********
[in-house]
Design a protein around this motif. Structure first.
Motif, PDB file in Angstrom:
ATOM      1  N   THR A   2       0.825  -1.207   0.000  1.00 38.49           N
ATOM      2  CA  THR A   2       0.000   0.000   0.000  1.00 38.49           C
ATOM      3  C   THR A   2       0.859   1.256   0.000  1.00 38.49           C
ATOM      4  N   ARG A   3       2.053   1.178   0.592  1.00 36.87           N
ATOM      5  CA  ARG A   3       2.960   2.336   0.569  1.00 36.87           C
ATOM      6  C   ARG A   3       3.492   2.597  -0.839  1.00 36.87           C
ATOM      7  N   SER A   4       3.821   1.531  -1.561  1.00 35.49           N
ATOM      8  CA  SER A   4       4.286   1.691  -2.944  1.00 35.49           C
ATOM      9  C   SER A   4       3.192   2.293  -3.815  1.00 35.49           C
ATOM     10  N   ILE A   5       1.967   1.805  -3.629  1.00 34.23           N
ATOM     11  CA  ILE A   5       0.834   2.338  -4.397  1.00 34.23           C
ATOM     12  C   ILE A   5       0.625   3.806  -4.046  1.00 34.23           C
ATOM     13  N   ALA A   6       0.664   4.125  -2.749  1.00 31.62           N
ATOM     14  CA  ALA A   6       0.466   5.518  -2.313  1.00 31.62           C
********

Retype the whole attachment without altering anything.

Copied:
[in-house]
Design a protein around this motif. Structure first.
Motif, PDB file in Angstrom:
ATOM      1  N   THR A   2       0.825  -1.207   0.000  1.00 38.49           N
ATOM      2  CA  THR A   2       0.000   0.000   0.000  1.00 38.49           C
ATOM      3  C   THR A   2       0.859   1.256   0.000  1.00 38.49           C
ATOM      4  N   ARG A   3       2.053   1.178   0.592  1.00 36.87           N
ATOM      5  CA  ARG A   3       2.960   2.336   0.569  1.00 36.87           C
ATOM      6  C   ARG A   3       3.492   2.597  -0.839  1.00 36.87           C
ATOM      7  N   SER A   4       3.821   1.531  -1.561  1.00 35.49           N
ATOM      8  CA  SER A   4       4.286   1.691  -2.944  1.00 35.49           C
ATOM      9  C   SER A   4       3.192   2.293  -3.815  1.00 35.49           C
ATOM     10  N   ILE A   5       1.967   1.805  -3.629  1.00 34.23           N
ATOM     11  CA  ILE A   5       0.834   2.338  -4.397  1.00 34.23           C
ATOM     12  C   ILE A   5       0.625   3.806  -4.046  1.00 34.23           C
ATOM     13  N   ALA A   6       0.664   4.125  -2.749  1.00 31.62           N
ATOM     14  CA  ALA A   6       0.466   5.518  -2.313  1.00 31.62           C